ited friends in Binghamton last week,
Miss Melllssa Qulnlan, of Brackney,
Pa., is visiting at the residence of Lonla
The foundry In this place la doing a
lively business these days.
A very interesting game of base ball
took place Saturday afternoon between
the professional team of this borough
and the Heart Lake Hustlers, result
Ing in a score of 40 to 6 in favor of the
C. D. Dean was visiting friends In
Windsor, N. Y., yesterday.
Horace Seymore, of Binghamton,
spent Saturday at his home In this
Mr. and Mrs. Bradford, of Bradford
Corners, were the guests of U. B. Gillet
Miss Matie Crocker, of Montrose, was
visiting at the home of William Smith
The schools of this borough are closed
this week In order to allow the teach
ers to attend the Institute now in ses
sion at Montrose.
Miss Maud Wilcox, of this place, is
spending a few days with her father in
Binghamton, who is in.
83c. alarm clocks. Davldow Bros.
The teachers are attending the Insti
tute at Montrose.
Mrs. James Shields is ill.
The teachers' meeting on Friday even
ing will be held at the home of Rev.
L. w . Church on Pine street.
J. H. Compton. of Dunmore, ia visit
lng v his father, J. J. Compton, In this
CuDtain R. C. Du Bols Is 111.
A. S. Ives, of Washington; D. C
called on friends In town yesterday.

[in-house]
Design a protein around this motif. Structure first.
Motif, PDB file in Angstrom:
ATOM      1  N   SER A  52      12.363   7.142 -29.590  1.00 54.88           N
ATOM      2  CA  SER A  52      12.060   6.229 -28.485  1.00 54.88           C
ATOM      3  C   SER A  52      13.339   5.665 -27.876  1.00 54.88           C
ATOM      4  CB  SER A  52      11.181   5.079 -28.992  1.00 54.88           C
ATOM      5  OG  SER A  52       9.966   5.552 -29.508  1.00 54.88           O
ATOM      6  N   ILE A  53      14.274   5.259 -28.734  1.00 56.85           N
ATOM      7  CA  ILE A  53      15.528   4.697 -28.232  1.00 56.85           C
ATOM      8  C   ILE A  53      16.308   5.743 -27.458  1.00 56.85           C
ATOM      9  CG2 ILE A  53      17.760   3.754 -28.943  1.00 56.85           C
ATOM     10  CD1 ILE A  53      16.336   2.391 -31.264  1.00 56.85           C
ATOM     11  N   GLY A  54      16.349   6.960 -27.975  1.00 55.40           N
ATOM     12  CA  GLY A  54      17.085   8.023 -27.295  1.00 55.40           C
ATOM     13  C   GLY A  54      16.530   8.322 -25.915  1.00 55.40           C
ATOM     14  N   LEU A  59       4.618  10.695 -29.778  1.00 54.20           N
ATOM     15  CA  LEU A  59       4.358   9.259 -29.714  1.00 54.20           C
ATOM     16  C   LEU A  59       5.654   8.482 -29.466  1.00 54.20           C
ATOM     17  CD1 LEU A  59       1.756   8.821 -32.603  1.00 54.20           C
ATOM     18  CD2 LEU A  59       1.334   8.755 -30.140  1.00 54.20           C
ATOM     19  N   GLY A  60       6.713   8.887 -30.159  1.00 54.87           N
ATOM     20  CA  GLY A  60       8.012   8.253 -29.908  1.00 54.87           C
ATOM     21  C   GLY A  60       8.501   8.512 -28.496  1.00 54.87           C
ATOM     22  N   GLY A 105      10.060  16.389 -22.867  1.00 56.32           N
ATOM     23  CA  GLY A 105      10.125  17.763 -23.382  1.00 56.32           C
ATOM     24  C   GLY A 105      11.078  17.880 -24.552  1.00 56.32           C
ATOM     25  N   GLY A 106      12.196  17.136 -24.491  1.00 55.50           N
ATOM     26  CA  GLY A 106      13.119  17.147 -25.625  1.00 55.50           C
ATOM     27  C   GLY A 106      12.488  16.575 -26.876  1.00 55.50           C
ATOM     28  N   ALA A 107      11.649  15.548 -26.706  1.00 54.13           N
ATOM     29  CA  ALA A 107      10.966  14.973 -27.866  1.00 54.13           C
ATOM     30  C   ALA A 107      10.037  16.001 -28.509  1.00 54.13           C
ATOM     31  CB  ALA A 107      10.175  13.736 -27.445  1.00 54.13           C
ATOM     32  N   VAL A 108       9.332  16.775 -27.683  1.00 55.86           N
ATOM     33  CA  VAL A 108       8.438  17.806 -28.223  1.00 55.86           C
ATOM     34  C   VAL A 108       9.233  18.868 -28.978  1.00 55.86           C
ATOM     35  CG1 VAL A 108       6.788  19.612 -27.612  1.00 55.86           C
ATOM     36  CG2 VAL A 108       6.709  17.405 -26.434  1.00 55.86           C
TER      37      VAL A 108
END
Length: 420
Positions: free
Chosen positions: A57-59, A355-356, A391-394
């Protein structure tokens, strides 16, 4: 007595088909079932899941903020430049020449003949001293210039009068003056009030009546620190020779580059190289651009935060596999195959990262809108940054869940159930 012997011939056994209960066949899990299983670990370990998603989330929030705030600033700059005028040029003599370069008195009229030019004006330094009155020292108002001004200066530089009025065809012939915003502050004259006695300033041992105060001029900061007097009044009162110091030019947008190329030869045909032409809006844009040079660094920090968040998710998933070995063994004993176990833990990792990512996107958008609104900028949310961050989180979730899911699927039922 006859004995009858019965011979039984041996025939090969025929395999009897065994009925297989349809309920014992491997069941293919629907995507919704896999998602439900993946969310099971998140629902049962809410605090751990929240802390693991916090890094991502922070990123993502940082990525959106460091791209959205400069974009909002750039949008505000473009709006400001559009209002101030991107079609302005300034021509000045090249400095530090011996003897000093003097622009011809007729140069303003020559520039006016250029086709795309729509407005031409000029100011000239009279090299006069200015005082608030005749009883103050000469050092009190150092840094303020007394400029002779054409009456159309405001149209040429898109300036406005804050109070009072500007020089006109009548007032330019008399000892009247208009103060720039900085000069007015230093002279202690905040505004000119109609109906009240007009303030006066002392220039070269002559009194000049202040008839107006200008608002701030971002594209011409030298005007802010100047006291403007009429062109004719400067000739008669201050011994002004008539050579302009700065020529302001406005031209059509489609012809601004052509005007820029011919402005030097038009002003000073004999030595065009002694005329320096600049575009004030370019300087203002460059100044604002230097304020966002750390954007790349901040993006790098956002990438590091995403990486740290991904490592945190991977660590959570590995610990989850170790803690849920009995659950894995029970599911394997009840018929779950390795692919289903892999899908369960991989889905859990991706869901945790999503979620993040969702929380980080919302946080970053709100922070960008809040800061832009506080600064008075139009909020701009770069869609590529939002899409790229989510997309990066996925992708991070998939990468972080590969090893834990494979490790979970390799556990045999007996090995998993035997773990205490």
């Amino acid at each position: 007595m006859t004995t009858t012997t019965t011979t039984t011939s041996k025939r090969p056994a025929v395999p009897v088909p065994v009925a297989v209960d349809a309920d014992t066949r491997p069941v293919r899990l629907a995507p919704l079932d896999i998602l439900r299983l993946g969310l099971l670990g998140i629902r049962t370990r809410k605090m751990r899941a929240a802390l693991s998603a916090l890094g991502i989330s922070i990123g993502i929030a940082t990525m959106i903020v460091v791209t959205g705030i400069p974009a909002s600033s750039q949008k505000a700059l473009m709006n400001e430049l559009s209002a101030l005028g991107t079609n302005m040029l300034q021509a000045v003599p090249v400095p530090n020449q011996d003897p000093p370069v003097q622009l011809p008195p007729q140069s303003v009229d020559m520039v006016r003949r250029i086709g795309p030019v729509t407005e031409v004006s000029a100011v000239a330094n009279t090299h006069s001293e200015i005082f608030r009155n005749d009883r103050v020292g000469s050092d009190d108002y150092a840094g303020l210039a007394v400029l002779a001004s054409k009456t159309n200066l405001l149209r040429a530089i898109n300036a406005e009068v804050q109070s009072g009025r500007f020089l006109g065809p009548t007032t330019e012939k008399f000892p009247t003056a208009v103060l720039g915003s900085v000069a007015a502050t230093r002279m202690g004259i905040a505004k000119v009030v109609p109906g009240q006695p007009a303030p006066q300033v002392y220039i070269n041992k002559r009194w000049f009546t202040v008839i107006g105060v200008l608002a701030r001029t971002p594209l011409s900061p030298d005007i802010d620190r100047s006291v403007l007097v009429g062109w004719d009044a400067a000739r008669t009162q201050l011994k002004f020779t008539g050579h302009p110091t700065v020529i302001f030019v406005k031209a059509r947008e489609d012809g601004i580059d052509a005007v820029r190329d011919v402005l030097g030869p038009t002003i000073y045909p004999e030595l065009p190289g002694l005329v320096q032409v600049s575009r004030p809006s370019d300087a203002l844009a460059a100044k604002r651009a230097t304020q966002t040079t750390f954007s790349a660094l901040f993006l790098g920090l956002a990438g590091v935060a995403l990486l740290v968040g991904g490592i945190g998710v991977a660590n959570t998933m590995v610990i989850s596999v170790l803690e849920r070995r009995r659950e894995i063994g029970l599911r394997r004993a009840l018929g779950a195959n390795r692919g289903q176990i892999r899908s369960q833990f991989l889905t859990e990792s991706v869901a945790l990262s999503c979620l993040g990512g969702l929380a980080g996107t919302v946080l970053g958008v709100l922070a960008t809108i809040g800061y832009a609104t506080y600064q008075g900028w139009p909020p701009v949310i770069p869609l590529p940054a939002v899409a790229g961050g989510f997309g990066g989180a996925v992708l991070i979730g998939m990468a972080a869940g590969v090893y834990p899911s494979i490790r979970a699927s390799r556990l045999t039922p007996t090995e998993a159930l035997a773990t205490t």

The Infant son of Mr. and Mrs. P.
D. Burns died on Sunday morning of
cholera Infantum. The funeral was
held today and was quite largely at
The Young Peoples' Society of Chris
tian Endeavor of the Baptist cnurcn
will hold a tea social at the parsonage
nn Thursday evening.
Mr. and Mrs. J. S. Jacobus, who have
visiting In Vestal, have returned home.
Miss Jennie A. Ross, of Vestal, is vis
iting friends- in town.
Sterling sliver table spoons. Lowest
prices at uavmow tsros.
Officer Richard Barron arrested three
suspicious characters yesterday after
noon and lodged them in the borough
Jail. When he went to the Jail to bring
them to the squire a omce, ne discov
ered that the lock was broken 'and that
the Drlsoners had escaped. Their es
cape was aided by some one outside of
the lock-up. No clue to the prisoners
or their abettors can be obtained.
Owing to the dilapidated condition
of Jermyn's nlr shaft, they will not nl
low the men to k- down that wuy until
It has been repaired.
An entertainment for the benefit of
St. Thomas' church of this place will be
held in Fadden's hull. Oct. 30.
ihe members of the Prlceburg Citi
zens band have secured their instru
ments, and will soon be able to show
The People's nartv held a mass meet
ing in George Lloyd's hall IsuA evening.
8-day clocks, $2.99. Davldow Bros.
Mrs. E. A. Averv. of King's Ferry. N.
Y., is the guest of her brother, M. V.
Mrs. C. W. Brodhead and daughter.
Gai, of Montrose, are visiting at the
home of Mr. and -Mrs. Samuel Brod
head. Do you wish to give yourself an even
ing of enjoyment? If so, attend the
evening of reading by Miss Tillle Lewis,
the celebrated impersonator, at the
Brick church, on Friday evening, Oct.
William Rumford moved his family to
Peckville this week.
Miss Phoebe Davis, of Dunmore, was
the guest of Miss Lydla Reed over Sun
day. F. C. Wood is excavating and pre
paring for a new dwelling house.
The farm of Drake & Stewart has
made sale of 700 hundred bushels of po
tatoes this week.
Berry spoons at Davldow Bros.
Simon Bellas, of Stafford street, Is
confined to his home by a slight cold.
The cantata. "The Coronation or
Flowers," waa re-produced at the Tem
perance hall last evening to a full
Work was commenced yesterday on